Former Hikurangi School principal Bruce Crawford, who died on Thursday. Photo / Tania Whyte
Northland’s primary education fraternity is mourning long-serving educator Bruce Crawford.
The former principal of Hikurangi School passed away on Thursday morning.
Te Tai Tokerau Principals’ Association president and Horahora School principal Pat Newman said Crawford began teaching decades ago after a stint in the army.
He was a great colleague who was well-known in Northland as someone who supported other principals, Newman said.
“He always rang, whenever a new principal was appointed he rang them and welcomed them in.
“He would help anyone. He would give advice to anyone. He would stand beside them if they were in trouble and there’s not a hell of a lot of people that do that.
“He was one of the last of the old school, where systems didn’t rule him – it was relationships.”
Newman said Crawford led a full life outside of work, having been married three times and had one son.
“He was a well-rounded person with a hell of a lot of life and gusto. He was a good friend to many of us.
“He was a great principal, a great professional, a great colleague and a great friend.”
Crawford also enjoyed a laugh and a drink, he added.
The long-time principal had some health issues before his retirement last year, which continued afterwards, Newman said.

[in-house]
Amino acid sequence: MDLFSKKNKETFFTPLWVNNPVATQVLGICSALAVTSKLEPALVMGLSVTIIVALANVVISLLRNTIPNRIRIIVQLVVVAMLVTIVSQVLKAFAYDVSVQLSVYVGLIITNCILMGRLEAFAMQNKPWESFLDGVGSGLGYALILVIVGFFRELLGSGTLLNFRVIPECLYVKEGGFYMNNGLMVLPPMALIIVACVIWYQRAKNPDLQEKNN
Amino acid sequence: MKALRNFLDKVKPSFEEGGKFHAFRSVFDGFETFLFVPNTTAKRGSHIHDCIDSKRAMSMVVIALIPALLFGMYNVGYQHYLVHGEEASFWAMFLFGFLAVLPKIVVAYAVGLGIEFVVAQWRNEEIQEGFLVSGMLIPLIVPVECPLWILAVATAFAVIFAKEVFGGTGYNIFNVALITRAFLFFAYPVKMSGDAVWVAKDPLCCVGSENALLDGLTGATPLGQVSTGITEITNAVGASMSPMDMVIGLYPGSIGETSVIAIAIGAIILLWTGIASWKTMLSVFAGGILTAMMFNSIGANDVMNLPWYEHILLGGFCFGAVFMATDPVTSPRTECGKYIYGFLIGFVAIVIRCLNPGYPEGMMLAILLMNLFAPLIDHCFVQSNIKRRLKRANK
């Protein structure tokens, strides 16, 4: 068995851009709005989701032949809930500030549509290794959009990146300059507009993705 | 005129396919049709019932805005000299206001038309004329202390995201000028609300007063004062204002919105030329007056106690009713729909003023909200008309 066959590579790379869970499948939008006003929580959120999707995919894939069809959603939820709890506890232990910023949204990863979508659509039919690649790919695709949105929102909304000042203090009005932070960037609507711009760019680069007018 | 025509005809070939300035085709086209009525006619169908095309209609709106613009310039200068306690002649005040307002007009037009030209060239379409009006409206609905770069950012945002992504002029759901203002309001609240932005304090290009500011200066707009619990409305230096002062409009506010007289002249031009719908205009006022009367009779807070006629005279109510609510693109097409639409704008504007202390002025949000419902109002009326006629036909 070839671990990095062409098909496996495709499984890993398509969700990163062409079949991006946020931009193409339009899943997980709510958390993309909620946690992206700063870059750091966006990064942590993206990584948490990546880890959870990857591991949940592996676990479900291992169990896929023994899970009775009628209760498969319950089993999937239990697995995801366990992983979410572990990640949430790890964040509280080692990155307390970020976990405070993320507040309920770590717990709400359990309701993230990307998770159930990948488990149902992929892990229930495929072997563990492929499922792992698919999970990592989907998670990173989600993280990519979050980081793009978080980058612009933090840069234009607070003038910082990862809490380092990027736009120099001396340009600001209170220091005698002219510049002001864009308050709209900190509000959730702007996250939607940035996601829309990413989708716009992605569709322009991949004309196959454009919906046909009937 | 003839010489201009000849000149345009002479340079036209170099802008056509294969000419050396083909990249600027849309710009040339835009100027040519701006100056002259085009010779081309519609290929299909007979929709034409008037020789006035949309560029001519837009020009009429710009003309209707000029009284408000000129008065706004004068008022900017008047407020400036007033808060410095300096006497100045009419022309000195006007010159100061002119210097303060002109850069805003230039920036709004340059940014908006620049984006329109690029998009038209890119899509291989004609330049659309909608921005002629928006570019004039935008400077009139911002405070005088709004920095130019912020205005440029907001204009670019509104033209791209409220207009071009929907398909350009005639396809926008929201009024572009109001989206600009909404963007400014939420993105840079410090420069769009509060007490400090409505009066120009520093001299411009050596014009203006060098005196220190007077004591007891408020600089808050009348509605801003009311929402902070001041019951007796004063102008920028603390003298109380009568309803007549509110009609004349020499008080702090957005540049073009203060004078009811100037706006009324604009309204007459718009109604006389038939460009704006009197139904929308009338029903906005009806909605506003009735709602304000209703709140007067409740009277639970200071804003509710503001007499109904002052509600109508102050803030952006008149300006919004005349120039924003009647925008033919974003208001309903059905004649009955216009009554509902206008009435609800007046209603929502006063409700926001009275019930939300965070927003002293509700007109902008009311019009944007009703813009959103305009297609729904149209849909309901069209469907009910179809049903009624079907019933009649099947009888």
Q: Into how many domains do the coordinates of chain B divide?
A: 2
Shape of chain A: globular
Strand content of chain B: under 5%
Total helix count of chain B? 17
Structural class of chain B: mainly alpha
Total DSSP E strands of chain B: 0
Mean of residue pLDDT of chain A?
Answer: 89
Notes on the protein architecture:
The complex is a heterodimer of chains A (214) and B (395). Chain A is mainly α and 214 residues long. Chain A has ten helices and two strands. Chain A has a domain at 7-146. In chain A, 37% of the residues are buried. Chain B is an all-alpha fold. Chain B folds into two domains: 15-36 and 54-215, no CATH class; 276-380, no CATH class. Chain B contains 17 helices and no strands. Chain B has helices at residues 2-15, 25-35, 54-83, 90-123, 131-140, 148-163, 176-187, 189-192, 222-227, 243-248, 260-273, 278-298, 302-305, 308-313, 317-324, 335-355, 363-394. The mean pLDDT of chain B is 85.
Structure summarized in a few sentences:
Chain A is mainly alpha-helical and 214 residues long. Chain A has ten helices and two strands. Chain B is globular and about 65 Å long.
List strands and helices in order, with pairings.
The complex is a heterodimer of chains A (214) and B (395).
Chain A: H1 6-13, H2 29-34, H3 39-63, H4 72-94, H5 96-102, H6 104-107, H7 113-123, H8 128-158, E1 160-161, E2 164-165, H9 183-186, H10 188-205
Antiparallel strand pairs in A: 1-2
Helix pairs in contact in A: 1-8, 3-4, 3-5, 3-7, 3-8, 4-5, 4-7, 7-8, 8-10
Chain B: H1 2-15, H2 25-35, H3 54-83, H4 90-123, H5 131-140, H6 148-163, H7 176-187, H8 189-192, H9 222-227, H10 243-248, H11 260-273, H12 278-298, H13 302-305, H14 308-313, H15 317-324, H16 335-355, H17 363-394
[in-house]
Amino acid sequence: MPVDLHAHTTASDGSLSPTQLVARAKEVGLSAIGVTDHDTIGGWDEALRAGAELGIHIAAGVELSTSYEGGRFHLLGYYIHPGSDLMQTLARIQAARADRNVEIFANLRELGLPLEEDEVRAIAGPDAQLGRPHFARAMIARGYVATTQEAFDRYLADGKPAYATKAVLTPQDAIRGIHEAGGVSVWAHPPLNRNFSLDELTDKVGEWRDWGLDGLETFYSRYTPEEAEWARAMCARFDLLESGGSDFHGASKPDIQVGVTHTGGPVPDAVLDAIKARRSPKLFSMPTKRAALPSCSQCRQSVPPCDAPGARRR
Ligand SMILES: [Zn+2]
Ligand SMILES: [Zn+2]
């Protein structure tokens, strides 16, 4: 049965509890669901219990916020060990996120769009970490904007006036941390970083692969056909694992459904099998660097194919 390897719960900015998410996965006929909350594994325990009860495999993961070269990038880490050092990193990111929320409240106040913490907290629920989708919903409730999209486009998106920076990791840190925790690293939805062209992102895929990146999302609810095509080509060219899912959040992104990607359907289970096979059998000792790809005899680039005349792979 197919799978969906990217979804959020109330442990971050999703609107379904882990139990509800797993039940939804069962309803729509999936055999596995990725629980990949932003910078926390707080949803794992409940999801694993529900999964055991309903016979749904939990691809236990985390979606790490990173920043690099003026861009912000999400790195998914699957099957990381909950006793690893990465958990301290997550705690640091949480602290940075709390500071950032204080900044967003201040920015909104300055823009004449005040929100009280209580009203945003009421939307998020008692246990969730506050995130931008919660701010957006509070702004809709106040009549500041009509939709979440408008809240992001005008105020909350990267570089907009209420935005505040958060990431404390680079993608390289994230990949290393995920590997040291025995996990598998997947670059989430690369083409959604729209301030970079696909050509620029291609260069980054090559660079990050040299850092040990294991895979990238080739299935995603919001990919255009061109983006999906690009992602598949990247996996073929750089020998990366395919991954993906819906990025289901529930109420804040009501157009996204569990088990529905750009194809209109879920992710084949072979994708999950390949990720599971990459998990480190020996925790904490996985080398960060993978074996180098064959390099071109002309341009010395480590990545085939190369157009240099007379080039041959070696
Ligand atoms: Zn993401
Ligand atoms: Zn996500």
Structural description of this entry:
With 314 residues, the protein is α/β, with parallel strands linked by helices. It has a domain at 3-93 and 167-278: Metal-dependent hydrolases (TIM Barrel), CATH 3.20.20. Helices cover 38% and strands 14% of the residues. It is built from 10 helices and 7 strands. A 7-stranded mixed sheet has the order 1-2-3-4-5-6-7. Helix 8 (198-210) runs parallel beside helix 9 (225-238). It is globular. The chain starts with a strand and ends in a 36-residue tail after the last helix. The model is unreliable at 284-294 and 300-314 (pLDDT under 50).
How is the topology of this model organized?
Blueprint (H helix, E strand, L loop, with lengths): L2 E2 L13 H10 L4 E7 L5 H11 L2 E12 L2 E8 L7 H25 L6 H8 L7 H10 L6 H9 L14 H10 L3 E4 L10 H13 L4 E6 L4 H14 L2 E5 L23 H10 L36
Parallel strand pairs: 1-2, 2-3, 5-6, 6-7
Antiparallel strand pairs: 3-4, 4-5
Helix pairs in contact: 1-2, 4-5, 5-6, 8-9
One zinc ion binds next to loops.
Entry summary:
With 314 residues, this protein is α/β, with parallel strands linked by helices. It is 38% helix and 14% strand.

Current Hikurangi School principal Jodi Edwards said Crawford’s death had been a “real shock” to staff and the community.
Deputy principal Stacey Richards, who worked with him for more than a decade, said the children of Hikurangi School were Crawford’s world.
“He was a man of his word and always 100 per cent had our backs,” she said.
“What’s really sad for us is he couldn’t enjoy the retirement he worked hard for and he deserved.”
Crawford featured in the Advocate a number of times during his years as Hikurangi School principal, including in 2015 when the school opened its first Māori immersion class.
He said at the time the opening of the classroom was a long time coming.
“I’ve always wanted it because I think te reo should be as common as English,” he said.
“We have 200 students at our school and a 63 per cent Māori roll.”